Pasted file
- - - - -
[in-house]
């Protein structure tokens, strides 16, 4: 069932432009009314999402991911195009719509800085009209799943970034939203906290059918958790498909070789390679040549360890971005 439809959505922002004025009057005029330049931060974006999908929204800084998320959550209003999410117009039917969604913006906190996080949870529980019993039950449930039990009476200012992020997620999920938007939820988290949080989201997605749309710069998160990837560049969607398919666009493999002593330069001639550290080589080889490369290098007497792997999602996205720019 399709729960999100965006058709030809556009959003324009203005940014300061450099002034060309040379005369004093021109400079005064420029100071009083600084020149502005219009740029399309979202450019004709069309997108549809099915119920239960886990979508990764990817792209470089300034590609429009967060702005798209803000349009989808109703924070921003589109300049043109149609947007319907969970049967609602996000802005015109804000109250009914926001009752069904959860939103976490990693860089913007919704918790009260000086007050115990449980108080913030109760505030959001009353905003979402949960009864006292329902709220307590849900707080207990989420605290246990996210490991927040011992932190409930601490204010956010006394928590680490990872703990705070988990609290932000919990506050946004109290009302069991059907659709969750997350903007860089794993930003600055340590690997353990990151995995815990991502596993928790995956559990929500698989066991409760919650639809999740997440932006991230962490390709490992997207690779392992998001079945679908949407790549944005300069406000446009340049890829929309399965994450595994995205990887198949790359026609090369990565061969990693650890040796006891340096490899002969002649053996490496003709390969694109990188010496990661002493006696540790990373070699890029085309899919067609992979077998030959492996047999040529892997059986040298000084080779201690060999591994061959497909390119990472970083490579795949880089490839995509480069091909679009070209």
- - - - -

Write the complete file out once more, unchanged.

[in-house]
């Protein structure tokens, strides 16, 4: 069932432009009314999402991911195009719509800085009209799943970034939203906290059918958790498909070789390679040549360890971005 439809959505922002004025009057005029330049931060974006999908929204800084998320959550209003999410117009039917969604913006906190996080949870529980019993039950449930039990009476200012992020997620999920938007939820988290949080989201997605749309710069998160990837560049969607398919666009493999002593330069001639550290080589080889490369290098007497792997999602996205720019 399709729960999100965006058709030809556009959003324009203005940014300061450099002034060309040379005369004093021109400079005064420029100071009083600084020149502005219009740029399309979202450019004709069309997108549809099915119920239960886990979508990764990817792209470089300034590609429009967060702005798209803000349009989808109703924070921003589109300049043109149609947007319907969970049967609602996000802005015109804000109250009914926001009752069904959860939103976490990693860089913007919704918790009260000086007050115990449980108080913030109760505030959001009353905003979402949960009864006292329902709220307590849900707080207990989420605290246990996210490991927040011992932190409930601490204010956010006394928590680490990872703990705070988990609290932000919990506050946004109290009302069991059907659709969750997350903007860089794993930003600055340590690997353990990151995995815990991502596993928790995956559990929500698989066991409760919650639809999740997440932006991230962490390709490992997207690779392992998001079945679908949407790549944005300069406000446009340049890829929309399965994450595994995205990887198949790359026609090369990565061969990693650890040796006891340096490899002969002649053996490496003709390969694109990188010496990661002493006696540790990373070699890029085309899919067609992979077998030959492996047999040529892997059986040298000084080779201690060999591994061959497909390119990472970083490579795949880089490839995509480069091909679009070209």